Ballmer was also asked whether it makes Microsoft stronger to have Apple as a competitor. “Yeah, we love having Apple as a competitor,” he said, not without a note of irony. “They are a competitor that we have done very well with, in some parts of what we do, and a competitor that has been real tough in others. But about 96 percent of the world’s computers are PCs, and 4 percent are Macs. Thanks to their advertising, everybody knows the difference—but I like 96 and they like 4, I guess.”

In the mobile phone world, where Microsoft is preparing to roll out Windows Mobile 7, the latest version of its smartphone operating system, Apple has “blazed a trail” with the iPhone, Ballmer acknowledged, but “we are going to give them some good competition.”

In a moment of humor, one audience member asked who Ballmer would pick to personify Apple, if he were directing his own Apple vs. PC commercials. “There’s no percentage in my answering that,” he said, but continued, “Statistically, 96 percent of the people you are talking to do own a PC. Do you really want to make those people feel bad because they chose a PC? They are not wrong, they are right. I would probably communicate that.”

Asked whether Microsoft has plans to hire more workers in New England, Ballmer said “in the new normal, the level of expense increase that we go through at Microsoft will be somewhat reduced…Certainly this is one of the places we will grow. We are looking at some companies here, and both by internal growth and acquisition you will see some growth, but on an employee base of 95,000, in the new normal you can expect to see [growth] in the small thousands of jobs created per year, as opposed to tens of thousands.”

Ballmer took a question from one audience member about his personal strategy for infusing innovation into the Microsoft culture. He said that it’s mainly a matter of communicating broad directions to the company’s top managers, and letting them do the rest. “You give them a cone in which to do innovative work, so they know where the runway is, but they have a lot of leeway,” he said. “You give them enough direction to be purposeful but not so much that people feel like you are trying to tell them what to build.”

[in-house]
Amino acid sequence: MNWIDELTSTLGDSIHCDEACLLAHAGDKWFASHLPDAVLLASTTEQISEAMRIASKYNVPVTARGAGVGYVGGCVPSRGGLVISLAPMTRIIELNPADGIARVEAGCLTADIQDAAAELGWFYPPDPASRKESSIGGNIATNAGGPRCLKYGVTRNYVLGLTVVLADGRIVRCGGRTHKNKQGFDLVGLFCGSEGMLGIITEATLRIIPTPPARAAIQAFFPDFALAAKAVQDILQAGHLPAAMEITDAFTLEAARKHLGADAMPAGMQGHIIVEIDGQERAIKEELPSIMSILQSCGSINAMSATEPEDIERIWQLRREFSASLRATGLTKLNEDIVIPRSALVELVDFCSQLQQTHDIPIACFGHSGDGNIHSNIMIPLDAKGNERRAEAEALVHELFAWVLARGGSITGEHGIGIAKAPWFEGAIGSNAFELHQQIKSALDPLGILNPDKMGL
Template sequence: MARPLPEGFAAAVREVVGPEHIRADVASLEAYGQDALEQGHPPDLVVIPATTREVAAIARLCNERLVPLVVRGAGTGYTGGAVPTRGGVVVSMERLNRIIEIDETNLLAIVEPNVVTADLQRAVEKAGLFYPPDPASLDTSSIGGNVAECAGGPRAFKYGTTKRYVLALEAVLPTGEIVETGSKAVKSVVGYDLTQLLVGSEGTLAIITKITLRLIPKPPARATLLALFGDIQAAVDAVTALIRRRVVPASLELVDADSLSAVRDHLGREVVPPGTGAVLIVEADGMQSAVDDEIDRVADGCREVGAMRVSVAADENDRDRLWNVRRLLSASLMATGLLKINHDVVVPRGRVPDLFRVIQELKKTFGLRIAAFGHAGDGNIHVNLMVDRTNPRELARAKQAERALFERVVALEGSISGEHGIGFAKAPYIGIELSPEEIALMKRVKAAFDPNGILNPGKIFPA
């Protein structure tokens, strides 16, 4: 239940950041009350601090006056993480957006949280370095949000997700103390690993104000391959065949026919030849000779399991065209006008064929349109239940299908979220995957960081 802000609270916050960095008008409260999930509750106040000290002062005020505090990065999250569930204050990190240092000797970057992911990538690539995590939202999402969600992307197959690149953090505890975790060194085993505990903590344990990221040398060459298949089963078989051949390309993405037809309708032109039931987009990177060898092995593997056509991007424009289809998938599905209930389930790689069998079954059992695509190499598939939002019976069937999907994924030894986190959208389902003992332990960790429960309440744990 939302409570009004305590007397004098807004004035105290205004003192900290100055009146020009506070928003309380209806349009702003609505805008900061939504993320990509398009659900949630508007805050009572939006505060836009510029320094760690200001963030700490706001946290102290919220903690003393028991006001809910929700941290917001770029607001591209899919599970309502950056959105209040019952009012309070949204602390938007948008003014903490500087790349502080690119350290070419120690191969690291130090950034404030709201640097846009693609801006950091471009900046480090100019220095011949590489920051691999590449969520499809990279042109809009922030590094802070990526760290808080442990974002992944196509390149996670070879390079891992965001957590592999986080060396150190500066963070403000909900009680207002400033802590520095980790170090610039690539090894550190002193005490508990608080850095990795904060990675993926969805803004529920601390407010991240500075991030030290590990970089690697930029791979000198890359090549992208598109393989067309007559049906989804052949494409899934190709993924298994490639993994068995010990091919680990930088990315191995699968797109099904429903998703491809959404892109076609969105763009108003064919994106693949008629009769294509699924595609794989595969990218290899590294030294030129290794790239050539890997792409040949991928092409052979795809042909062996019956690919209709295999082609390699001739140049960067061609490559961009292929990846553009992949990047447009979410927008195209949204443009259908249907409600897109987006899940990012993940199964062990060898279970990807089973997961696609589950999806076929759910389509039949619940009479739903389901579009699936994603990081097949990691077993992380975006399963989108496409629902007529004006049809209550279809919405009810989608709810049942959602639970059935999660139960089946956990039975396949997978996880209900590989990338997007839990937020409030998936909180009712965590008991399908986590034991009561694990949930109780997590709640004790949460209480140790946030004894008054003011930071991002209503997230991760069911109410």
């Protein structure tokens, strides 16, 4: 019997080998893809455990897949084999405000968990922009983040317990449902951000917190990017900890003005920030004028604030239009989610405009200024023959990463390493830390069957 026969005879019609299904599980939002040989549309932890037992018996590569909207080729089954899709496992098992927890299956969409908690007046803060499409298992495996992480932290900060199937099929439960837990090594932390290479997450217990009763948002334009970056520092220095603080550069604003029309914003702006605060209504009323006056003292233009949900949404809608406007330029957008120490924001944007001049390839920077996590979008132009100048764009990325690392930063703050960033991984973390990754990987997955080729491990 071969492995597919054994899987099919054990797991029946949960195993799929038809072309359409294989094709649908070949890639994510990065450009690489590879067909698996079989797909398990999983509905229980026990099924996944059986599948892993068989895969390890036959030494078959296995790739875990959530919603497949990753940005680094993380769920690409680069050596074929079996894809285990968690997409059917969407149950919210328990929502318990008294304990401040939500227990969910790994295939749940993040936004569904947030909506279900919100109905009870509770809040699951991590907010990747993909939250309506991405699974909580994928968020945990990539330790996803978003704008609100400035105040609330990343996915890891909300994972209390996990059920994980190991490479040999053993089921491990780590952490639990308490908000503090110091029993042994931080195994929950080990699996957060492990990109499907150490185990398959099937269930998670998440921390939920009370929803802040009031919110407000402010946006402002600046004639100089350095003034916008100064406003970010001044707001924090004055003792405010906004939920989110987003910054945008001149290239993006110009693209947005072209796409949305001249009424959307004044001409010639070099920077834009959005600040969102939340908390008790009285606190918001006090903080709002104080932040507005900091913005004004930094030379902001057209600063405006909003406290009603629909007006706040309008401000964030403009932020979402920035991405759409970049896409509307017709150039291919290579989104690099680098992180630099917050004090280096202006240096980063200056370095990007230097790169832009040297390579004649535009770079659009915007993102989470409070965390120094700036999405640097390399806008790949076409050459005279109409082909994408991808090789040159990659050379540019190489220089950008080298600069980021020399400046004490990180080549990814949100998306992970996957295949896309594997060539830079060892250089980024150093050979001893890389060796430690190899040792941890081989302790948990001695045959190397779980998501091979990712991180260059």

Ballmer said the new Windows 7 operating system, which Microsoft is launching this month, emerged in this way. “We got a good team in place and I told them to study the issues with the current technology and take advantage of what’s available and possible, and build an OS, and comply with our consent decree.” (That last bit “is not meant to be funny in any way,” Ballmer said. Operating systems today, he said, are “essentially a regulated business.”)

If Microsoft has a challenge with innovation, Ballmer said, it’s that there is too much of it. “We used to have a fair where we shared best practices, and we stopped it because Microsoft people only like to create best practices; nobody likes to re-use anybody else’s. So we have the opposite problem compared to what you might see in other places.”

One questioner asked Ballmer why the company has chosen 2009 as the year to start opening Microsoft retail stores. With the demise of Circuit City, Ballmer noted that the two leading store-based retailers of consumer electronics are Best Buy and Apple. “It’s important for us to be part of the process of really connecting with the customer and showing them what you can do with the amazing things in a Windows phone or a PC,” he said. The company will open a few stores at a time and study their performance rather than opening a huge chain of locations right away, Ballmer said. At Microsoft, “we do something, learn, and then do it again and again and again and again and again,” Ballmer said. “Hopefully over time that leads to success.”

Wade Roush is Xconomy's chief correspondent and editor of Xconomy San Francisco. You can subscribe to his Google Group or e-mail him at wroush@xconomy.com. Follow @wroush